Traffic light signal photo-monitoring; use of system, appeals. (HB1040)

Introduced By

Del. Johnny Joannou (D-Portsmouth) with support from co-patron Del. David Ramadan (R-South Riding)


Passed Committee
Passed House
Passed Senate
Signed by Governor
Became Law


Use of photo-monitoring systems to enforce traffic light signals; appeals. Provides that operators found in violation of ordinances created to enforce photo-monitoring systems for traffic lights have a right to appeal to the circuit court and that the appeal shall be civil in nature. The bill also reduces from $50 to $25 amount of the matter in controversy necessary for an appeal of right in a civil case. Read the Bill »


Bill Has Passed


01/08/2014Prefiled and ordered printed; offered 01/08/14 14102891D
01/08/2014Referred to Committee for Courts of Justice
01/16/2014Assigned Courts sub: Criminal Law
02/03/2014Assigned Courts sub: Civil Law
02/03/2014Subcommittee recommends reporting with amendment(s) (10-Y 0-N)
02/07/2014Reported from Courts of Justice with amendments (22-Y 0-N) (see vote tally)
02/08/2014Read first time
02/10/2014Read second time
02/10/2014Committee amendments agreed to
02/10/2014Engrossed by House as amended HB1040E
02/10/2014Printed as engrossed 14102891D-E
02/11/2014Read third time and passed House BLOCK VOTE (99-Y 0-N)
02/11/2014VOTE: BLOCK VOTE PASSAGE (99-Y 0-N) (see vote tally)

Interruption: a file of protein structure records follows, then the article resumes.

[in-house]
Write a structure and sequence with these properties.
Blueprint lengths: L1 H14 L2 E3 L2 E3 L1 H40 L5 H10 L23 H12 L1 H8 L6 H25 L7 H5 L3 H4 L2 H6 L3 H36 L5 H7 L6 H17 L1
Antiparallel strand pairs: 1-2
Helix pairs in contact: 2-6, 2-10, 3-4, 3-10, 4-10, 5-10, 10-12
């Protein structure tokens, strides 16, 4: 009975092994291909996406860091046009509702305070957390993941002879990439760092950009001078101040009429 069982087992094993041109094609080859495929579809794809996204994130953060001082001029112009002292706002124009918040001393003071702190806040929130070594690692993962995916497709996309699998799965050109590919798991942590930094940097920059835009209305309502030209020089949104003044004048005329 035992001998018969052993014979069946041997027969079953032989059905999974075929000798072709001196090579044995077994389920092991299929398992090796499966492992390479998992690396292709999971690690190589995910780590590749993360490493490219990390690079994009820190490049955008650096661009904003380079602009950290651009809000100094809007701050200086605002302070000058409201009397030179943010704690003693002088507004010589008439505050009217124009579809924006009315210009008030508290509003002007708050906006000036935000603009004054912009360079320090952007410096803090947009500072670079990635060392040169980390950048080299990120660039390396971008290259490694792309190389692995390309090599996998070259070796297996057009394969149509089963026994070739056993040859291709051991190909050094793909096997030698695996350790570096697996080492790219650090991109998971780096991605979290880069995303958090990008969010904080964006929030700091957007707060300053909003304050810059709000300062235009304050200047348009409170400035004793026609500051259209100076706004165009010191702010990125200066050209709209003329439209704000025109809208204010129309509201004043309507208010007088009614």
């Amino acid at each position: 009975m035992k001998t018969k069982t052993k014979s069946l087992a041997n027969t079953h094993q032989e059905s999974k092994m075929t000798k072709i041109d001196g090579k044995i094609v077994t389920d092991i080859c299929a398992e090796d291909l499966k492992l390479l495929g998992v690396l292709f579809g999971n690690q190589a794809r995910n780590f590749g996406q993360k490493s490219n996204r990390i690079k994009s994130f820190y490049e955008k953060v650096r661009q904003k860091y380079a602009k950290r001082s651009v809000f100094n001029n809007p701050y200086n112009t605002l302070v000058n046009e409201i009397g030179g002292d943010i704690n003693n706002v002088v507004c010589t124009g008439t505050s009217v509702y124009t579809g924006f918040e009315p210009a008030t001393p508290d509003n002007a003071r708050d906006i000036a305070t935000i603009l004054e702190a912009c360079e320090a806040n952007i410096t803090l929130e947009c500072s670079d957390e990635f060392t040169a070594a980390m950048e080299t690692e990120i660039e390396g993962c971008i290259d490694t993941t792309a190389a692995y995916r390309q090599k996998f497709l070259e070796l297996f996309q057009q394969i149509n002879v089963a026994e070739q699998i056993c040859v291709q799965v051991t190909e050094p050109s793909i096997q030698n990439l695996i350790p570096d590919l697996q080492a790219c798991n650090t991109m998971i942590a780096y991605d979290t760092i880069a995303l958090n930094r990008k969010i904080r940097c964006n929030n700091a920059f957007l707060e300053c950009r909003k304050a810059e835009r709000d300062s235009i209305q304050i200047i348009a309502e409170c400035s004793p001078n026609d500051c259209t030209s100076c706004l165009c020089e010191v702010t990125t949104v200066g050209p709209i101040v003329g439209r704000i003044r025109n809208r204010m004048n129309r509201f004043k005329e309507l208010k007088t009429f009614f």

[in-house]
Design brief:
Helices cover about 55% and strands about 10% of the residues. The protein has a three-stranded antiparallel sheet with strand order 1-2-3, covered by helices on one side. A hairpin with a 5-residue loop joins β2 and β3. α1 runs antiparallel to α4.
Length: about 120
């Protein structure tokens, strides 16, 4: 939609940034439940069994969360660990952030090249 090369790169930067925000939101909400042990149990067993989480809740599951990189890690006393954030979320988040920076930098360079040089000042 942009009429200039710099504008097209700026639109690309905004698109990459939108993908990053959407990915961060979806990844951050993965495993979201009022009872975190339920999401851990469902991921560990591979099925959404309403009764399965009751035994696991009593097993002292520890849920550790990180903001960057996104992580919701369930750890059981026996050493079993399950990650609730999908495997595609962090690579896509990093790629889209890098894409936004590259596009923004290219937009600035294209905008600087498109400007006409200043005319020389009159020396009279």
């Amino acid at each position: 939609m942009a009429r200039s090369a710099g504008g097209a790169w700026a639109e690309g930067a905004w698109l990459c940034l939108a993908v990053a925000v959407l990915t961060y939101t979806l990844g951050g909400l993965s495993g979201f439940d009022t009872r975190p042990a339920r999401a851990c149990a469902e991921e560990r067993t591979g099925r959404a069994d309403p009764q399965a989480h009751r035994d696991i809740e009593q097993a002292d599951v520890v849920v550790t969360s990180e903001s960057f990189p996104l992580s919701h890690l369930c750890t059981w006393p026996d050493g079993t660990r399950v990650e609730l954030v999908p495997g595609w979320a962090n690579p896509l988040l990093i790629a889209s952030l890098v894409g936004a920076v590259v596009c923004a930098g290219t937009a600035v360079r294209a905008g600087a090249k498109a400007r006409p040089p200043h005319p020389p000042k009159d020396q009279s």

02/12/2014Constitutional reading dispensed
02/12/2014Referred to Committee for Courts of Justice
02/24/2014Reported from Courts of Justice (14-Y 1-N) (see vote tally)
02/25/2014Constitutional reading dispensed (40-Y 0-N)
02/26/2014Read third time
02/26/2014Passed Senate (38-Y 1-N)
03/03/2014Bill text as passed House and Senate (HB1040ER)
03/03/2014Signed by Speaker
03/06/2014Signed by President
04/07/2014G Vetoed by Governor
04/22/2014Placed on Calendar
04/23/2014Governor's veto overridden (78-Y 19-N)
04/23/2014VOTE: AGREE TO MOTION (78-Y 19-N)
04/23/2014Senate sustained Governor's veto (25-Y 13-N)
04/23/2014Requires 26 affirmative votes to pass in enrolled form


This bill was discussed on the floor of the General Assembly. Below is all of the video that we have of that discussion, 4 clips in all, totaling 34 minutes.


ACLU-VA Privacy Rights, tracking this bill in Photosynthesis, notes:

The ACLU of Virginia supports repeal of the state statute authorizing the use of photo-monitoring systems for traffic enforcement. Data available now shows that these programs, compared to extended yellow lights, do not actually make us safer. A Federal Highway Administration study showed that, although red-light cameras decrease side-impact collisions by 25 percent, they cause a 15 percent increase in the number of rear-impact crashes. There are also constitutional due process concerns about the use of this technology. Use of the cameras to record traffic infractions require you to prove that you are innocent. That is not the usual constitutional requirement. Moreover, the systems in place make it difficult for most drivers to effectively challenge the tickets in court. Sometimes these systems don’t send out tickets for weeks. The driver may not be able to remember, much less prove, where he/she was four weeks ago. There are also privacy concerns regarding the collection and use of information from these cameras for dragnet surveillance. As is the case will all of the new technologies, whether red-light cameras, drones or license plate readers, the greatest concern is not knowing how the pictures and data collected will be used beyond the initial reason given. In this case, the greatest rationale for continuing to use these cameras is the revenue streams that they are producing for localities and the possible use of the data for purposes other than traffic enforcement and safety.